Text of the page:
Rather than make New-Years resolutions this year I have decided, instead, to share some humorous New-Years observations I have recently made. Observation #1
We have a corner in our back yard that I like to think of as a small bit of Idaho forest, including three tall Bull pines with wild grasses and wildflowers in the spring. Of course a family of grey squirrels, a family of red squirrels and at times a family of six California quail jostle over who really owns the “forest.”
We also see as many as thirty or more doves, mostly during morning and evening hours, out there like a barnyard full of chickens pecking away at the Audubon bird seed we supply for them through the late fall and winter months. To add to this, most of the time we will have up to fifty or more sparrows of various kinds sitting in the trees or strutting around among the other birds, pecking away at the seed on the ground and in two bird feeders hanging from Sheppard’s hooks.
We thank the Lord for allowing us to enjoy the critters that come to visit and feed. This morning Sue reminded me how many sparrows there were and how God cares for each individual one. The scripture teaches:
Are not two sparrows sold for a penny? Yet not one of them will fall to the ground apart from the will of your Father. And even the very hairs of your head are all numbered. So don’t be afraid; you are worth more than many sparrows. (Matthew 10:29-31. NIV.)
So what I’m saying is, when you get down in the dumps, wondering if God even remembers who or where you are, go out and watch the small birds for a while and learn this lesson; our Heavenly Father values you, one of His own children, above many sparrows, even to know how many individual hairs are on your head. Wouldn’t you think, then, that He certainly loves you so much that He cares about all of your needs and desires, your pains and troubles, your worries and fears?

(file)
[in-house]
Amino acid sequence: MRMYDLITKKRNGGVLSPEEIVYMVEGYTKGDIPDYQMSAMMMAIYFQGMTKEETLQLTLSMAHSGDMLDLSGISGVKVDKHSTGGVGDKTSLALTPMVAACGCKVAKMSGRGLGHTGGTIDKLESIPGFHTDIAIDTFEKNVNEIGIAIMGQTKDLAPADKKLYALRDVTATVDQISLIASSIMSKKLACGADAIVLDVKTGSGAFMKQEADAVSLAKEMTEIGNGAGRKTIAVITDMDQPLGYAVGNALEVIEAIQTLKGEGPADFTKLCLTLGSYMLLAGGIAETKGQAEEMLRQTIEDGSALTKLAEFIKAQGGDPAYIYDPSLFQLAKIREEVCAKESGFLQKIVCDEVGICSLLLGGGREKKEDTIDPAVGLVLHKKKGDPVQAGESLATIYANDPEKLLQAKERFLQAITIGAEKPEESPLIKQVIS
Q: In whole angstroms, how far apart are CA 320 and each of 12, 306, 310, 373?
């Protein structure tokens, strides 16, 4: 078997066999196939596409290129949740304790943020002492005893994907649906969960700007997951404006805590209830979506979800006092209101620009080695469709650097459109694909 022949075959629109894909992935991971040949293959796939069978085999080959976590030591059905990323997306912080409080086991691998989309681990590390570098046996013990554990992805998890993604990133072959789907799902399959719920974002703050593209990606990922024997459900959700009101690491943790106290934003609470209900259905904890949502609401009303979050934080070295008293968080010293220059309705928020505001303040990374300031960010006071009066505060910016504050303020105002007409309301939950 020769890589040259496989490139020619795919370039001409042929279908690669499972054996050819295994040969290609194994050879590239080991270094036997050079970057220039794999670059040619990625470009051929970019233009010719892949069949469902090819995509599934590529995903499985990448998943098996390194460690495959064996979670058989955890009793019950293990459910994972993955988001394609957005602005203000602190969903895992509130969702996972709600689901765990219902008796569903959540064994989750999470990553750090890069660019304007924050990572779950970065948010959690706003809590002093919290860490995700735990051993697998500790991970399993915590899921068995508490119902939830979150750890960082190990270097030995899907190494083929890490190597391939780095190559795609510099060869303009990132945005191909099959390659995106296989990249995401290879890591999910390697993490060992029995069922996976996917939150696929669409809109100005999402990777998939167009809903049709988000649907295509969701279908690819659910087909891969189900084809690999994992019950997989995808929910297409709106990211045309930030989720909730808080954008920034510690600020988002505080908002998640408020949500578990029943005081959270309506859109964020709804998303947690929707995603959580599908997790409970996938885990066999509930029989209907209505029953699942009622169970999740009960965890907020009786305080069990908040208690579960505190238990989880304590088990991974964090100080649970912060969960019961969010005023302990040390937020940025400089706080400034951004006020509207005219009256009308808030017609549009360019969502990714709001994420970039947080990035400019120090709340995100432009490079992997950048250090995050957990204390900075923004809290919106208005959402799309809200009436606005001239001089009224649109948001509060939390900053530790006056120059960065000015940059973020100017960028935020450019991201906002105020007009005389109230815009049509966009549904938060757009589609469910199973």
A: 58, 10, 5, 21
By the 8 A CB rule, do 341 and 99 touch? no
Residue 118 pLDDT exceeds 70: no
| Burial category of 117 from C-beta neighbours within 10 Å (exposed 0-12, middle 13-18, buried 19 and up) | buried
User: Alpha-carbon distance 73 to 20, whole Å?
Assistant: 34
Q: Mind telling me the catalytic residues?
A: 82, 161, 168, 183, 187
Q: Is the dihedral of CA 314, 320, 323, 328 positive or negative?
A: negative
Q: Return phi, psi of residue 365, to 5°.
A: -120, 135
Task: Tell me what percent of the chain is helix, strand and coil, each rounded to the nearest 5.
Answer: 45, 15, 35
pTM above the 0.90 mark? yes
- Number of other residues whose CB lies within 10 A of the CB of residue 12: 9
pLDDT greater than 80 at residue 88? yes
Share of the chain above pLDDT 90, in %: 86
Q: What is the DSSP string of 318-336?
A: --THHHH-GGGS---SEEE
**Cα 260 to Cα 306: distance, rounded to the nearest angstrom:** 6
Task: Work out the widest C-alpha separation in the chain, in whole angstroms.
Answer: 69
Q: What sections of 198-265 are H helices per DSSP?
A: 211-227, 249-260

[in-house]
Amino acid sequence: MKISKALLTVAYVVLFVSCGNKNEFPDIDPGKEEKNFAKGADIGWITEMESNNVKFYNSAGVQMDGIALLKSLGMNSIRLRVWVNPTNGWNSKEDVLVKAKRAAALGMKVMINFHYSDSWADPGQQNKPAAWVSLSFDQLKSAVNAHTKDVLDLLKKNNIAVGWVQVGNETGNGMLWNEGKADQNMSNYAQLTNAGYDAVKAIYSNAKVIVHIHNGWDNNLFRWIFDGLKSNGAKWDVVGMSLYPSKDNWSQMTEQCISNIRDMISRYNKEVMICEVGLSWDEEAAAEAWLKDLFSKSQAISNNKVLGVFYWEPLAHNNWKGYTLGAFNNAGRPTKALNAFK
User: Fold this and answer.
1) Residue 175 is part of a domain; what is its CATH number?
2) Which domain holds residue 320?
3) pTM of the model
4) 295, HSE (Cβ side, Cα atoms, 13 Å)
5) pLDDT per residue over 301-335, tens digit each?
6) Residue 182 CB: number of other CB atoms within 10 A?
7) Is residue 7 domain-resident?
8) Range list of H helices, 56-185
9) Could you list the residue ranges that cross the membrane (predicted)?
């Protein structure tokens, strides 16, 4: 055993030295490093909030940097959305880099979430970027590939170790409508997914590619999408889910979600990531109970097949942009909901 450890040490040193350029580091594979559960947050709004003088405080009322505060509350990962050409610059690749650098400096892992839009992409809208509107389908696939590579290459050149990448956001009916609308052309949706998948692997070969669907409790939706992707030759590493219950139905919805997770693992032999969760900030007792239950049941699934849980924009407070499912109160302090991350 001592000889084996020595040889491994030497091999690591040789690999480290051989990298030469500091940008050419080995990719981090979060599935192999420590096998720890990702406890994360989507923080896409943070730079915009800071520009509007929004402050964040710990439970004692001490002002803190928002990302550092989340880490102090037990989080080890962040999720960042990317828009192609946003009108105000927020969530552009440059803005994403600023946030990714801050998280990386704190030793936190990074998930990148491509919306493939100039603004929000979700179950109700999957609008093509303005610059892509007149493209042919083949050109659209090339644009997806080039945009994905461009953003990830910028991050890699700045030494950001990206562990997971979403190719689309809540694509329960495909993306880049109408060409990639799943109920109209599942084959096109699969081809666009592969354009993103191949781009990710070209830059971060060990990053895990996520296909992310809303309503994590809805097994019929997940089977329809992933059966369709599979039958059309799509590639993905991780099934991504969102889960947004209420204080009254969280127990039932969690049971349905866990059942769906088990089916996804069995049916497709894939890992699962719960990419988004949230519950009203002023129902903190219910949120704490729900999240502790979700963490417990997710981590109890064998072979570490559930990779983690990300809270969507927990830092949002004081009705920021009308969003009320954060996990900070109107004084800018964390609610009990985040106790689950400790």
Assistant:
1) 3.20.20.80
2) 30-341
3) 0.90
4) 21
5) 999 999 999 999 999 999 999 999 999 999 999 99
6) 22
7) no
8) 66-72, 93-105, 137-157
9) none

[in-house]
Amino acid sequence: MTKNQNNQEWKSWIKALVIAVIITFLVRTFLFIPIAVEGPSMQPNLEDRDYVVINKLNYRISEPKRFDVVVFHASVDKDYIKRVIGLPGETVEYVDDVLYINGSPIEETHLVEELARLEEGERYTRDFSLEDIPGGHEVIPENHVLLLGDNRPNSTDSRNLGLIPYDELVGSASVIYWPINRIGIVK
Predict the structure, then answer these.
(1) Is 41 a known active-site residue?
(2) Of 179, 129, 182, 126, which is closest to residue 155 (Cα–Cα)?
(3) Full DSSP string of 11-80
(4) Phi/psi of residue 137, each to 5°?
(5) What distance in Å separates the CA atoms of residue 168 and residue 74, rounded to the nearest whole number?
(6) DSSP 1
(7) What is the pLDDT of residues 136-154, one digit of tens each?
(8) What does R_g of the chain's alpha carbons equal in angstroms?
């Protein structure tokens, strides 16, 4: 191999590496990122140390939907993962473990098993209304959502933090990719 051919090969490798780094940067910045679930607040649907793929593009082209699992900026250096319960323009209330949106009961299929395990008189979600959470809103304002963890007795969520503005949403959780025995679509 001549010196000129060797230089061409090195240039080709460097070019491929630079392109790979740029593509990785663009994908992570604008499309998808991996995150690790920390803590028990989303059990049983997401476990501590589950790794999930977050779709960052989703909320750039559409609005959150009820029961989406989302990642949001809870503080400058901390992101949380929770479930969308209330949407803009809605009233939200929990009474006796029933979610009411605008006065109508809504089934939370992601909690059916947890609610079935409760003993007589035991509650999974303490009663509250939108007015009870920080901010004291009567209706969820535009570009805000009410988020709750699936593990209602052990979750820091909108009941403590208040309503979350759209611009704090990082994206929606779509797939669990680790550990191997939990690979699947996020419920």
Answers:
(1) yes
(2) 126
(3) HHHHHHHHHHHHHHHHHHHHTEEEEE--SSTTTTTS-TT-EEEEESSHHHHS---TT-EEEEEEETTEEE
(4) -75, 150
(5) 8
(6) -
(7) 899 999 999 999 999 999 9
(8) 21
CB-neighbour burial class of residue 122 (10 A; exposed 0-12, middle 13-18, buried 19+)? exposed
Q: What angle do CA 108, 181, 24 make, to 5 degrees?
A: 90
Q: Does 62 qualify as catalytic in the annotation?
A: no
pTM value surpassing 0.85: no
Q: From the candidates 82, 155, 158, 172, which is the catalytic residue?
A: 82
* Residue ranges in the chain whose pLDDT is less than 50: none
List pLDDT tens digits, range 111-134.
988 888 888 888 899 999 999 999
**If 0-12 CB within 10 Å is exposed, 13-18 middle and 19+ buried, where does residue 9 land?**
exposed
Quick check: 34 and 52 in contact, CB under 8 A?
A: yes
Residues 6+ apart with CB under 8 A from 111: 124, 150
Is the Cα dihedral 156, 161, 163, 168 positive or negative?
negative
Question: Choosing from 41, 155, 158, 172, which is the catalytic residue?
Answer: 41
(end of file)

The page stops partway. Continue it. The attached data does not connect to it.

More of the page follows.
In mid December I had a slight “issue” with my heart. Technically it could be called a heart attack but the way the doctor put it, small artery blockage, small problem. He further said that it was minor enough that in a week or so I wouldn’t even know it had happened.
The real problem, however, was that the “issue” caused my heart doctor to want to run me through several additional tests. Those tests, spaced over three weeks, included more EKG’s, two different CT’s, two heart cath’s (one right groin, one left arm) and a nuclear stress test. I’ve been on meds for a-fib since 2002, so all of the tests were negatively affected by my irregular heart beat and other problems with my wandering arteries, therefore not able to provide my doctor with much valuable info. Need I go on?
So what did I observe about all this? First, on the lighter side, as an older ex-army nurse said, “if you want to sleep, don’t go to the hospital, go to jail!” It seemed that every night, beginning after midnight, the night-shift nurses would party half the night. I couldn’t see the festivities nor join in but they seemed to be having a ball of a time. I’m sure, though, that there was only cake and coffee at the parties.
But on a more serious note I have again realized that my Father in Heaven cares deeply about me as one of His children (more than many sparrows) and even if things here on earth are not perfect, like our health, they will be when we get to heaven.
Finally I have come to realize that many modern medications have ridiculous names impossible to pronounce, more than likely because almost all names that could possibly be imagined have already been thought up. Names like Xarelto, Pradaxa and Eliquis. It’s like learning a language spoken only by space creatures from another world. To combat this medical name insanity I suggest you make up your own name for the meds, names you can more easily remember. The new name I have given Xeralto is Zero-toes, Pradaxa I’ve renamed Pterodactyl (or Dinosaur for short) and Eliquis has now become Eloquent. For the fun of it let us know any new names you have come up with for your own medications.
Lord bless you throughout this new year,
Carl and Sue
PS And don’t forget to laugh a lot.